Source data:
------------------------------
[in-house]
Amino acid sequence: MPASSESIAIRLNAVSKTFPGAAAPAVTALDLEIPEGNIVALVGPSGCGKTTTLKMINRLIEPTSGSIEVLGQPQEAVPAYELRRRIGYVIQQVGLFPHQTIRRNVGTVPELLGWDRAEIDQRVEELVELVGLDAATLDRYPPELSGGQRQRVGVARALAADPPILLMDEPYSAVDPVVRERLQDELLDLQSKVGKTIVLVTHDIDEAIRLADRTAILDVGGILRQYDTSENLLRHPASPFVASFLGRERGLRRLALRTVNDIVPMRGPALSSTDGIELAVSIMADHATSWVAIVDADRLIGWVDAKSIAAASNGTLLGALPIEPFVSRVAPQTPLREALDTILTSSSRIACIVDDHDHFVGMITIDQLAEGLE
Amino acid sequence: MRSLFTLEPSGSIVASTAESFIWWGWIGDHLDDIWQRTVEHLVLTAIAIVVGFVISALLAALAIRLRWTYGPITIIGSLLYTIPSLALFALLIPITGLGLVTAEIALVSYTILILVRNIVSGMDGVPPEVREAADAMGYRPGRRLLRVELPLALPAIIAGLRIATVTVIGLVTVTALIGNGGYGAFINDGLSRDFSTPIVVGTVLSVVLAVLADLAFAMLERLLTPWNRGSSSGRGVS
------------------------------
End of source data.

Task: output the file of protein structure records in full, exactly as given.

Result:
[in-house]
Amino acid sequence: MPASSESIAIRLNAVSKTFPGAAAPAVTALDLEIPEGNIVALVGPSGCGKTTTLKMINRLIEPTSGSIEVLGQPQEAVPAYELRRRIGYVIQQVGLFPHQTIRRNVGTVPELLGWDRAEIDQRVEELVELVGLDAATLDRYPPELSGGQRQRVGVARALAADPPILLMDEPYSAVDPVVRERLQDELLDLQSKVGKTIVLVTHDIDEAIRLADRTAILDVGGILRQYDTSENLLRHPASPFVASFLGRERGLRRLALRTVNDIVPMRGPALSSTDGIELAVSIMADHATSWVAIVDADRLIGWVDAKSIAAASNGTLLGALPIEPFVSRVAPQTPLREALDTILTSSSRIACIVDDHDHFVGMITIDQLAEGLE
Amino acid sequence: MRSLFTLEPSGSIVASTAESFIWWGWIGDHLDDIWQRTVEHLVLTAIAIVVGFVISALLAALAIRLRWTYGPITIIGSLLYTIPSLALFALLIPITGLGLVTAEIALVSYTILILVRNIVSGMDGVPPEVREAADAMGYRPGRRLLRVELPLALPAIIAGLRIATVTVIGLVTVTALIGNGGYGAFINDGLSRDFSTPIVVGTVLSVVLAVLADLAFAMLERLLTPWNRGSSSGRGVS